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Latest Cretaceous climatic and environmental change in the South Atlantic region

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  • L. Woelders
  • J. Vellekoop
  • Dick Kroon
  • J. Smit
  • S. Casadio
  • M. B. Pramparo
  • J. Dinarès-Turell
  • F. Peterse
  • A. Sluijs
  • J. T. M. Lenaerts
  • R. P. Speijer

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http://onlinelibrary.wiley.com/doi/10.1002/2016PA003007/abstract
Original languageEnglish
JournalPaleoceanography
Early online date4 May 2017
DOIs
Publication statusPublished - 2017

Abstract

Latest Maastrichtian climate change caused by Deccan volcanism has been invoked as a cause of mass extinction at the Cretaceous-Paleogene (K-Pg) boundary (~66.0 Ma). Yet late Maastrichtian climate and ecological changes are poorly documented, in particular on the Southern Hemisphere. Here we present
upper Maastrichtian-lower Danian climate and biotic records from the Bajada del Jagüel (BJ) shelf site (Neuquén Basin, Argentina), employing the TEX86 paleothermometer, marine palynology (dinoflagellate cysts), and micropaleontology (foraminifera). These records are correlated to the astronomically tuned Ocean Drilling Program Site 1262 (Walvis Ridge). Collectively, we use these records to assess climatic and ecological effects of Deccan volcanism in the Southern Atlantic region. Both the TEX86-based sea surface temperature (SST) record at BJ and the bulk carbonate δ18O-based SST record of Site 1262 show a latest Maastrichtian warming of ~2.5–4°C, at 450 to 150 kyr before the K-Pg boundary, coinciding with the a large Deccan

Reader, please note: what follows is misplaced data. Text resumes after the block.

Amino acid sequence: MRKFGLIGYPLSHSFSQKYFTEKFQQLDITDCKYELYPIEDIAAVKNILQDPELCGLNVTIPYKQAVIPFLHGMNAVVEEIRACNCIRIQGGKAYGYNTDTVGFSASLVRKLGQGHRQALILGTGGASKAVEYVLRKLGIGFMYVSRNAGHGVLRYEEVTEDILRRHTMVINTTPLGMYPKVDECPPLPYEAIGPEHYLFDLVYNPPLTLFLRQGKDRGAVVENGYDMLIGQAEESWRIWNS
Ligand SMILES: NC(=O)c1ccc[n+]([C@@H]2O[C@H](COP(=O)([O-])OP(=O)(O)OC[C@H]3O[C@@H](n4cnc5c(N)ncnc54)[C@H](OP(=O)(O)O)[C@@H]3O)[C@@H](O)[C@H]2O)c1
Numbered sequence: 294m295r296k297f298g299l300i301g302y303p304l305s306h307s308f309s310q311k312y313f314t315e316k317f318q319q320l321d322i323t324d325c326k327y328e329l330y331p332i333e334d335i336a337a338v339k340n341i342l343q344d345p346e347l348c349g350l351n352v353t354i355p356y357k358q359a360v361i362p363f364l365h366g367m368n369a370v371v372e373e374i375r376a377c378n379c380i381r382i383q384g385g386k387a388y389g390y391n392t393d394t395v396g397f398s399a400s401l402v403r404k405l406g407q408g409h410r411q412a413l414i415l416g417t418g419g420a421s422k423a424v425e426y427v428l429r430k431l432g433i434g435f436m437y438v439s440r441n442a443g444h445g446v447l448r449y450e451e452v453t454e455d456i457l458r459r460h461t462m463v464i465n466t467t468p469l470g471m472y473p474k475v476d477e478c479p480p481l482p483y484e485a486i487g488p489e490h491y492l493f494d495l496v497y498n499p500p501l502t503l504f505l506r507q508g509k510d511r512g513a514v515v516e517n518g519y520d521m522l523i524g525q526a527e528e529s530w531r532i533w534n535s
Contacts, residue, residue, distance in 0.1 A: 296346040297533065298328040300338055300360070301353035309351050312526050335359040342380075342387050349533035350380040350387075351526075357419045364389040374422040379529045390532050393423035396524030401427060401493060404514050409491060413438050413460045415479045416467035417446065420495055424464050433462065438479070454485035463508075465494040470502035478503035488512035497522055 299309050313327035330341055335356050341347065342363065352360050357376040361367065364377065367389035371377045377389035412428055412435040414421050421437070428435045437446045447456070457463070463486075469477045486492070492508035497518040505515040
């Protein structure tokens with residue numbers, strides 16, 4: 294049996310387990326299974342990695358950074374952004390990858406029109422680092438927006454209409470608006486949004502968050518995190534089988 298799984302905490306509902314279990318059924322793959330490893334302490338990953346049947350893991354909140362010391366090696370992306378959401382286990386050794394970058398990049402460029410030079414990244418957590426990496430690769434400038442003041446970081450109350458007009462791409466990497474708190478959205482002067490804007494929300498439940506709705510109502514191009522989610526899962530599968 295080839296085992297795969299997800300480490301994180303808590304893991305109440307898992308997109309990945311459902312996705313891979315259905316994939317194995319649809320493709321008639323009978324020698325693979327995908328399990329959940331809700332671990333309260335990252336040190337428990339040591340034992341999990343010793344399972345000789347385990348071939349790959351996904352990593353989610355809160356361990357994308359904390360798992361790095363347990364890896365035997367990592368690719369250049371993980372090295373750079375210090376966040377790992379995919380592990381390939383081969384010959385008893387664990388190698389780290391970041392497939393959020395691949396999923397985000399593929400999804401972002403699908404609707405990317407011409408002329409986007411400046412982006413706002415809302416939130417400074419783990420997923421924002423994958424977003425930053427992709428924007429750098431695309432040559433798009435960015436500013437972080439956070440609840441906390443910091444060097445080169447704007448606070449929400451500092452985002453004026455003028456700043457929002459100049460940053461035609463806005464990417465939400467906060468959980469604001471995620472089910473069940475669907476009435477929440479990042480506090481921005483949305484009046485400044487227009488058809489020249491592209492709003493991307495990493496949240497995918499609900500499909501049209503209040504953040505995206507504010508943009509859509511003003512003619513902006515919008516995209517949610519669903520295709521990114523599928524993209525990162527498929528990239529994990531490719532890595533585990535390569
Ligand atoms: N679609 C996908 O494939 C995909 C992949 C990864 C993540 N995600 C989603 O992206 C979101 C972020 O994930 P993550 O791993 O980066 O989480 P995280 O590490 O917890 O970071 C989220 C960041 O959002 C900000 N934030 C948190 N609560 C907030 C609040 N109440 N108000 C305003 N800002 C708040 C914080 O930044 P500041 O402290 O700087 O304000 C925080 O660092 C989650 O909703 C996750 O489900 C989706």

outpouring phase. Benthic foraminiferal and dinocyst assemblage changes indicate that this warming resulted in enhanced runoff and stratification of the water column, likely resulting from more humid climate conditions in the Neuquén Basin. These climate conditions could have been caused by an expanding and strengthening thermal low over the South American continent. Biotic changes in response to late Maastrichtian environmental changes are rather limited, when compared to the major turnovers observed at many K-Pg boundary sites worldwide. This suggests that environmental perturbations during the latest Maastrichtian warming event were less severe than those following the K-Pg boundary impact.

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